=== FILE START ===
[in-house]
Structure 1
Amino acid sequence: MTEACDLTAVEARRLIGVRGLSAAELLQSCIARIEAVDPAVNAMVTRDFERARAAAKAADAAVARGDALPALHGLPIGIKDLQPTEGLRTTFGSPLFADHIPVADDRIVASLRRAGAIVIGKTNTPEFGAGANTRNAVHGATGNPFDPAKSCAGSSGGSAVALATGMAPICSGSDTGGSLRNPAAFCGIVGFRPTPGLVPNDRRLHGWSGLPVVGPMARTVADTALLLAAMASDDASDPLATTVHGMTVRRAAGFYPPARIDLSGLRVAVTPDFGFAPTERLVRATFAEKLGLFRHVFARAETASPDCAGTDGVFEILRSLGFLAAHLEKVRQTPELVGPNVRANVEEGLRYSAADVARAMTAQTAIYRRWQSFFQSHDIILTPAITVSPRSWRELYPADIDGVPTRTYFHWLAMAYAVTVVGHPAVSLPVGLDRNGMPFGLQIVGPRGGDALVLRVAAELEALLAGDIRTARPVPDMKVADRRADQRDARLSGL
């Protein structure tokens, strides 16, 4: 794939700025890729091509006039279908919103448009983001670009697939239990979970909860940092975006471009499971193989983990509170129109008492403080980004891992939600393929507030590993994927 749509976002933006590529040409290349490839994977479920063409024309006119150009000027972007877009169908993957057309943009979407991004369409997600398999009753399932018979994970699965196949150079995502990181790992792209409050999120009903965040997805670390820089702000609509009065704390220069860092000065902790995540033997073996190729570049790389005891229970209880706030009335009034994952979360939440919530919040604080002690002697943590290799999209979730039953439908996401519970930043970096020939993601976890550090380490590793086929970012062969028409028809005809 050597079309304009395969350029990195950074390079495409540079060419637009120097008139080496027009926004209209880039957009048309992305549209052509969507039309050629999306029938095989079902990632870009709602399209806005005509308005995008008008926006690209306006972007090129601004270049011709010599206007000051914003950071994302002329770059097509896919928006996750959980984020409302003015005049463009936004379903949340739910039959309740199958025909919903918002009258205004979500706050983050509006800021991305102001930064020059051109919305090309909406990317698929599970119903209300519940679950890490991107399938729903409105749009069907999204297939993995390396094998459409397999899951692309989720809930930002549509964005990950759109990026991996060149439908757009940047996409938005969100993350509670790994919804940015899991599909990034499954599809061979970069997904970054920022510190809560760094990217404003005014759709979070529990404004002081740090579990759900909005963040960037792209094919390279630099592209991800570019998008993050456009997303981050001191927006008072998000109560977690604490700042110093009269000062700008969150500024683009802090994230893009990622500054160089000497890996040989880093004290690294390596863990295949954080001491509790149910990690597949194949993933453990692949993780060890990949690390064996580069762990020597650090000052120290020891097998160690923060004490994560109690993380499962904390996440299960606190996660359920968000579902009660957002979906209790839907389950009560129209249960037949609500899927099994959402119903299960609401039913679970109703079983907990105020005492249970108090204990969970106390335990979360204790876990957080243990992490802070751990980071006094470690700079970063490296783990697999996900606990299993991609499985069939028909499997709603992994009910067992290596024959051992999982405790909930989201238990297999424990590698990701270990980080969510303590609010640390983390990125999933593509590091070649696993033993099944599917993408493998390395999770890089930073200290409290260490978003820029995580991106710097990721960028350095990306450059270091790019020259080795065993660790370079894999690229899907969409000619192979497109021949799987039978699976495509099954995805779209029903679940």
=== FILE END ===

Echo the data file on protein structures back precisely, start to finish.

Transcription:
[in-house]
Structure 1
Amino acid sequence: MTEACDLTAVEARRLIGVRGLSAAELLQSCIARIEAVDPAVNAMVTRDFERARAAAKAADAAVARGDALPALHGLPIGIKDLQPTEGLRTTFGSPLFADHIPVADDRIVASLRRAGAIVIGKTNTPEFGAGANTRNAVHGATGNPFDPAKSCAGSSGGSAVALATGMAPICSGSDTGGSLRNPAAFCGIVGFRPTPGLVPNDRRLHGWSGLPVVGPMARTVADTALLLAAMASDDASDPLATTVHGMTVRRAAGFYPPARIDLSGLRVAVTPDFGFAPTERLVRATFAEKLGLFRHVFARAETASPDCAGTDGVFEILRSLGFLAAHLEKVRQTPELVGPNVRANVEEGLRYSAADVARAMTAQTAIYRRWQSFFQSHDIILTPAITVSPRSWRELYPADIDGVPTRTYFHWLAMAYAVTVVGHPAVSLPVGLDRNGMPFGLQIVGPRGGDALVLRVAAELEALLAGDIRTARPVPDMKVADRRADQRDARLSGL
């Protein structure tokens, strides 16, 4: 794939700025890729091509006039279908919103448009983001670009697939239990979970909860940092975006471009499971193989983990509170129109008492403080980004891992939600393929507030590993994927 749509976002933006590529040409290349490839994977479920063409024309006119150009000027972007877009169908993957057309943009979407991004369409997600398999009753399932018979994970699965196949150079995502990181790992792209409050999120009903965040997805670390820089702000609509009065704390220069860092000065902790995540033997073996190729570049790389005891229970209880706030009335009034994952979360939440919530919040604080002690002697943590290799999209979730039953439908996401519970930043970096020939993601976890550090380490590793086929970012062969028409028809005809 050597079309304009395969350029990195950074390079495409540079060419637009120097008139080496027009926004209209880039957009048309992305549209052509969507039309050629999306029938095989079902990632870009709602399209806005005509308005995008008008926006690209306006972007090129601004270049011709010599206007000051914003950071994302002329770059097509896919928006996750959980984020409302003015005049463009936004379903949340739910039959309740199958025909919903918002009258205004979500706050983050509006800021991305102001930064020059051109919305090309909406990317698929599970119903209300519940679950890490991107399938729903409105749009069907999204297939993995390396094998459409397999899951692309989720809930930002549509964005990950759109990026991996060149439908757009940047996409938005969100993350509670790994919804940015899991599909990034499954599809061979970069997904970054920022510190809560760094990217404003005014759709979070529990404004002081740090579990759900909005963040960037792209094919390279630099592209991800570019998008993050456009997303981050001191927006008072998000109560977690604490700042110093009269000062700008969150500024683009802090994230893009990622500054160089000497890996040989880093004290690294390596863990295949954080001491509790149910990690597949194949993933453990692949993780060890990949690390064996580069762990020597650090000052120290020891097998160690923060004490994560109690993380499962904390996440299960606190996660359920968000579902009660957002979906209790839907389950009560129209249960037949609500899927099994959402119903299960609401039913679970109703079983907990105020005492249970108090204990969970106390335990979360204790876990957080243990992490802070751990980071006094470690700079970063490296783990697999996900606990299993991609499985069939028909499997709603992994009910067992290596024959051992999982405790909930989201238990297999424990590698990701270990980080969510303590609010640390983390990125999933593509590091070649696993033993099944599917993408493998390395999770890089930073200290409290260490978003820029995580991106710097990721960028350095990306450059270091790019020259080795065993660790370079894999690229899907969409000619192979497109021949799987039978699976495509099954995805779209029903679940």